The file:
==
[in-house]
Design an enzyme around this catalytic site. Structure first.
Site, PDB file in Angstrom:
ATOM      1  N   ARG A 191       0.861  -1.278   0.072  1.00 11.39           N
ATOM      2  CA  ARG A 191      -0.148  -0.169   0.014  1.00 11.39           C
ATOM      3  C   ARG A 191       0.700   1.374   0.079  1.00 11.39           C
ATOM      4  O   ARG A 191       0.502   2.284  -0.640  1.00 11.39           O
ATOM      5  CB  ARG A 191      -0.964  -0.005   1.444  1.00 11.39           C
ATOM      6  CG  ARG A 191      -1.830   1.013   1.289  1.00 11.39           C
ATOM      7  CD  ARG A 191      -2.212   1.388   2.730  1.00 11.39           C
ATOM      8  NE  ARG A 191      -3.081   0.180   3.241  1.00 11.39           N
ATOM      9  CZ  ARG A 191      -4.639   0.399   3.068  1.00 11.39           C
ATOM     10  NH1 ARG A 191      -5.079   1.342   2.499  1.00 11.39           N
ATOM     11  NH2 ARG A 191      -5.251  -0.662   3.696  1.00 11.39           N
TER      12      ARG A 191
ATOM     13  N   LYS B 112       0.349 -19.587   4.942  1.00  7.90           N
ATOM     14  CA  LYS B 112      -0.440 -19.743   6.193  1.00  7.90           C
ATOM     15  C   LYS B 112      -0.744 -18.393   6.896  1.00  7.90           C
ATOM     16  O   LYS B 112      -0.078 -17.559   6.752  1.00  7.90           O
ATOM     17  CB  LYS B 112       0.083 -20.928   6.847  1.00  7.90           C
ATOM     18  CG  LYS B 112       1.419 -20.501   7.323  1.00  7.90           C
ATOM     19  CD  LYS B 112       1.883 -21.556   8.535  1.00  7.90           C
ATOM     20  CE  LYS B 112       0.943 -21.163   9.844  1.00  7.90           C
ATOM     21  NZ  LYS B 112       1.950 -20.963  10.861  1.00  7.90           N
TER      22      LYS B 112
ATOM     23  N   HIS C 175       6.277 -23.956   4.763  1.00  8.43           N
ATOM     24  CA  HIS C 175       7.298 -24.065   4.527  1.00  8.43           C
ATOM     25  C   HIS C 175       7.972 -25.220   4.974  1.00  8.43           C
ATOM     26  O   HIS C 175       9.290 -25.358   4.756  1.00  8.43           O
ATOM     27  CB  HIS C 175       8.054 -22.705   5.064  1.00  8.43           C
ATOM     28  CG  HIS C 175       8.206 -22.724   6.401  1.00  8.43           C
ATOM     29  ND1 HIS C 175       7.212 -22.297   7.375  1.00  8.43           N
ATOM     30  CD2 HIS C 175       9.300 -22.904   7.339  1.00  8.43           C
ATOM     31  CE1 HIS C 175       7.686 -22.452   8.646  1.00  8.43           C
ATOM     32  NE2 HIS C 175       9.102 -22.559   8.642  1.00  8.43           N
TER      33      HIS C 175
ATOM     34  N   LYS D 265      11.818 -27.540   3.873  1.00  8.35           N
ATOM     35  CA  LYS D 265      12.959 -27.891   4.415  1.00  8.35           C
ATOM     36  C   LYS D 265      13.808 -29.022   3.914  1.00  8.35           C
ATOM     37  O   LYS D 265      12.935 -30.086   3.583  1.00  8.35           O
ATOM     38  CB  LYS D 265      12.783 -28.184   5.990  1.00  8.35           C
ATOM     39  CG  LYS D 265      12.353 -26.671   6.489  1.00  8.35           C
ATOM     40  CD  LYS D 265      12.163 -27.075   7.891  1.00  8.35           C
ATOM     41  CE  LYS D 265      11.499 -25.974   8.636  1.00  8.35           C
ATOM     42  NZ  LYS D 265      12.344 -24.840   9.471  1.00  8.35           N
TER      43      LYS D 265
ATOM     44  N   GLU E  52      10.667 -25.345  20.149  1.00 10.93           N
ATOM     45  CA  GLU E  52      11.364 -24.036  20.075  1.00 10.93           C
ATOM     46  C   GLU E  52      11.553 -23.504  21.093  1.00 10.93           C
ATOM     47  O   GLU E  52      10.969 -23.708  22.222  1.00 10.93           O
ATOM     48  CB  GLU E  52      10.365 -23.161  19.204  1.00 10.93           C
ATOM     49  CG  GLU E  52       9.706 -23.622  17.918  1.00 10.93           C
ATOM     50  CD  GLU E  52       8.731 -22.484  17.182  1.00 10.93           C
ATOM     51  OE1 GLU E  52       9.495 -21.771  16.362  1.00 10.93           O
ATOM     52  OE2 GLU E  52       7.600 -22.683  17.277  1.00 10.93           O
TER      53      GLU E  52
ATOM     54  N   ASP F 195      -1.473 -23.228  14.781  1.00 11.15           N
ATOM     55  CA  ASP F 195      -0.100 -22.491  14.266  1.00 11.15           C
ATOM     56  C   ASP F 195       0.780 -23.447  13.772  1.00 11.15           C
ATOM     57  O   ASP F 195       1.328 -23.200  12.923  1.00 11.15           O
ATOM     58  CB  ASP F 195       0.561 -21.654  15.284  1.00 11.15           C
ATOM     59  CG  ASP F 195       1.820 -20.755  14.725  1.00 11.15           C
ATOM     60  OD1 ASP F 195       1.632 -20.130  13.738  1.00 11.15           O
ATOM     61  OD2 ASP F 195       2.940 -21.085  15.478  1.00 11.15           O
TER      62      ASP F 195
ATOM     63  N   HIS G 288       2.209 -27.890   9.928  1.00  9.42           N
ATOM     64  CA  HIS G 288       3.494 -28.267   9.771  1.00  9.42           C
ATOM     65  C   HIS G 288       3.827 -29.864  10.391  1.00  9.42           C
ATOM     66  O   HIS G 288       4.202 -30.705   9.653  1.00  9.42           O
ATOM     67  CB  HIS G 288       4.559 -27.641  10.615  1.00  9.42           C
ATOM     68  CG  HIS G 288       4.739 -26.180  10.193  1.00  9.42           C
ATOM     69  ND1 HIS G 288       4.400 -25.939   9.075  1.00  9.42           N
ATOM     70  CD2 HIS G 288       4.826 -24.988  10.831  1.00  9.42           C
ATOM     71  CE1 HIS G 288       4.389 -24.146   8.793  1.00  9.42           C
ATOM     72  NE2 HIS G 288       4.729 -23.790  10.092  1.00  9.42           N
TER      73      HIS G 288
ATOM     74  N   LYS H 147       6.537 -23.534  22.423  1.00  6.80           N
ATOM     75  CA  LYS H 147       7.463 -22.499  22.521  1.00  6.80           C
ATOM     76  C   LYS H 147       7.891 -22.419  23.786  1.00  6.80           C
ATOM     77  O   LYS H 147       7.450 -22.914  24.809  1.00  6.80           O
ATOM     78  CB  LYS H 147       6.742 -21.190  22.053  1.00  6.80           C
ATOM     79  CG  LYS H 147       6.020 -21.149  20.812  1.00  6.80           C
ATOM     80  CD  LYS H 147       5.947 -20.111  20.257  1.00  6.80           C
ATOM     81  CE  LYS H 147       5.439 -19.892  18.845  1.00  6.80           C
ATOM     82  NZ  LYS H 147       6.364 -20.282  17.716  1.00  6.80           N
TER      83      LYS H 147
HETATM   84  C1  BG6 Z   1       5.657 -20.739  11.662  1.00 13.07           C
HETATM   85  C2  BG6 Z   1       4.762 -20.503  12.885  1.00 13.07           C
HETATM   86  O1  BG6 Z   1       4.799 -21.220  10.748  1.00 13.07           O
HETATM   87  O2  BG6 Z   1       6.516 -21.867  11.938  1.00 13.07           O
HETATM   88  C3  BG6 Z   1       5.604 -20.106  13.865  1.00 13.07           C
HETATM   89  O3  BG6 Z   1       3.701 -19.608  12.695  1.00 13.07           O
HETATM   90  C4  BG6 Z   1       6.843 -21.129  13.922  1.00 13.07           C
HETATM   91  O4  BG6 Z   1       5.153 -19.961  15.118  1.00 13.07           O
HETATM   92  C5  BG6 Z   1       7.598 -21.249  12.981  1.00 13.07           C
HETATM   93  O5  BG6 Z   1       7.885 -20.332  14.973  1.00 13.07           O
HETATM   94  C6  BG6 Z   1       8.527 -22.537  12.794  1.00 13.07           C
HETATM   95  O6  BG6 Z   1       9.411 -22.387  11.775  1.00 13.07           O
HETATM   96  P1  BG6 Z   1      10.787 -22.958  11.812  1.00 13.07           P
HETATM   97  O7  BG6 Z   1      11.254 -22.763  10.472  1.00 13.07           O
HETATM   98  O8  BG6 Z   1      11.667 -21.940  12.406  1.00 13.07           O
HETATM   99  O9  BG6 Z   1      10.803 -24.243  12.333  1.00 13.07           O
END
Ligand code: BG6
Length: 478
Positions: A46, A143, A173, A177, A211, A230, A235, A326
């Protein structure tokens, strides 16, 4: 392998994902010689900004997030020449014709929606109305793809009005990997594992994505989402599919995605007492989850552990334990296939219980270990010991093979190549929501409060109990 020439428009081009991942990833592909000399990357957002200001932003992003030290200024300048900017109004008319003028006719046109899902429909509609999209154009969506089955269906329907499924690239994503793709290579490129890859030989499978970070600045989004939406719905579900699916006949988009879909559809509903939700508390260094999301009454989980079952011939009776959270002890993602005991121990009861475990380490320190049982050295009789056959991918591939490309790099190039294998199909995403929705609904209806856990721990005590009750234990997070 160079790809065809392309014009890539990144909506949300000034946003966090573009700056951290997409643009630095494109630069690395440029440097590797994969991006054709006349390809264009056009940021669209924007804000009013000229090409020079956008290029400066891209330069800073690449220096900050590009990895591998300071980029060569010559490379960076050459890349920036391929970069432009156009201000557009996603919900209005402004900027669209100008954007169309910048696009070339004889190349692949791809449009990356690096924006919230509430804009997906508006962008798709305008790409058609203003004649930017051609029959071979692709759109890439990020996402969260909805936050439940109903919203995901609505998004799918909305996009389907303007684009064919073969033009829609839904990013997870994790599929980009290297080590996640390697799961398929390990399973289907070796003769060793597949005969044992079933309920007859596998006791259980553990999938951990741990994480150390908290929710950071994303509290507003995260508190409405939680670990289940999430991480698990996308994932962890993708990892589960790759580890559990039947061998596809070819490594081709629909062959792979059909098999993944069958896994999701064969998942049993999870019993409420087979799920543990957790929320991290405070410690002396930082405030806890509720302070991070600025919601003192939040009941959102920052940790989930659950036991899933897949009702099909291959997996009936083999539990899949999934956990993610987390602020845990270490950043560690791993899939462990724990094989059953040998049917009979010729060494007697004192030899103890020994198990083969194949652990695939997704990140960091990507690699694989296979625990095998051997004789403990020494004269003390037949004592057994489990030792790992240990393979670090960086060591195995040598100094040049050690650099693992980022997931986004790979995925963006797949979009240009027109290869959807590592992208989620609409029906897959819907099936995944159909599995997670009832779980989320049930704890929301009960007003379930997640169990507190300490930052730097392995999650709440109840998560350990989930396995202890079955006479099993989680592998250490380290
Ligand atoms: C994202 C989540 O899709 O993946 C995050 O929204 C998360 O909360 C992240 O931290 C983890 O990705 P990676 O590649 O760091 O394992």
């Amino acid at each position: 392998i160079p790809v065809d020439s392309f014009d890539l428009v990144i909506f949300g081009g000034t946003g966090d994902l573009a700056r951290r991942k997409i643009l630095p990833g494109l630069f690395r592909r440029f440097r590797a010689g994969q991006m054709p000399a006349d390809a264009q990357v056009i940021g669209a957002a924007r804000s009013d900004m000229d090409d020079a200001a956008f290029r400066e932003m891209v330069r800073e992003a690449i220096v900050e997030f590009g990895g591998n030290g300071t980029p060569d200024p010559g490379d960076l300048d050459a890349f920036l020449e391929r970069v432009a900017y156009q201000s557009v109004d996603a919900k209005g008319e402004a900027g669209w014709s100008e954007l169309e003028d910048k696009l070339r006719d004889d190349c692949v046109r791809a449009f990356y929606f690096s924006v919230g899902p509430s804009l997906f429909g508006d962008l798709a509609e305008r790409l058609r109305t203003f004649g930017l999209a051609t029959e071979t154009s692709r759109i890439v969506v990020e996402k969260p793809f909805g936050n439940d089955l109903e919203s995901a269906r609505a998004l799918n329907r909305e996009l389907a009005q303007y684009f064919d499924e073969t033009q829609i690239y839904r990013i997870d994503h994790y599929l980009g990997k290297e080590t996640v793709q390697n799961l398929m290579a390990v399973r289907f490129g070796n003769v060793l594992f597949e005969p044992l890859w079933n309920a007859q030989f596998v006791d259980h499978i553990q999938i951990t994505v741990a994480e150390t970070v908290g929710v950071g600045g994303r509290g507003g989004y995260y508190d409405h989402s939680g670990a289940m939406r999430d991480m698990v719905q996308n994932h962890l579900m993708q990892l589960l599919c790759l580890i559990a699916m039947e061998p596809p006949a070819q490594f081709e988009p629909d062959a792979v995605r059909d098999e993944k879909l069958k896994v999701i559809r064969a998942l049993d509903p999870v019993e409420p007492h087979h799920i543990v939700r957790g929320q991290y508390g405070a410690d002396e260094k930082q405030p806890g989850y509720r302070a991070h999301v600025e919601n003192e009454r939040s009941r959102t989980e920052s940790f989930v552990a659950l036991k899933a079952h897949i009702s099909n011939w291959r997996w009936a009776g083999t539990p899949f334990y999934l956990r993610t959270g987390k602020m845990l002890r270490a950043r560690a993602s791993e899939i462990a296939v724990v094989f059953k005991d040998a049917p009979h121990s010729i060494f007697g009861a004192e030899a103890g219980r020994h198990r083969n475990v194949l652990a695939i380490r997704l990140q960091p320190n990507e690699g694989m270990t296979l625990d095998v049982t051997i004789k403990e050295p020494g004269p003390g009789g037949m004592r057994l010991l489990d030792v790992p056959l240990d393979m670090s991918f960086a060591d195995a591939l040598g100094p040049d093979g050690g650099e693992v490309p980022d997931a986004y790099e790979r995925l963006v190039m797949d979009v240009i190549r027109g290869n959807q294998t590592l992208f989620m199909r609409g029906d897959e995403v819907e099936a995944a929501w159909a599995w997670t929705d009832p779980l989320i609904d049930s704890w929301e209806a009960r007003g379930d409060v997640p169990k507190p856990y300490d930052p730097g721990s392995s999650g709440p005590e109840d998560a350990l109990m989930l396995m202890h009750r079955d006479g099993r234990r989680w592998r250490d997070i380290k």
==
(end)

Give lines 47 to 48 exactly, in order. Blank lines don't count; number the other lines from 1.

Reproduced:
ATOM     44  N   GLU E  52      10.667 -25.345  20.149  1.00 10.93           N
ATOM     45  CA  GLU E  52      11.364 -24.036  20.075  1.00 10.93           C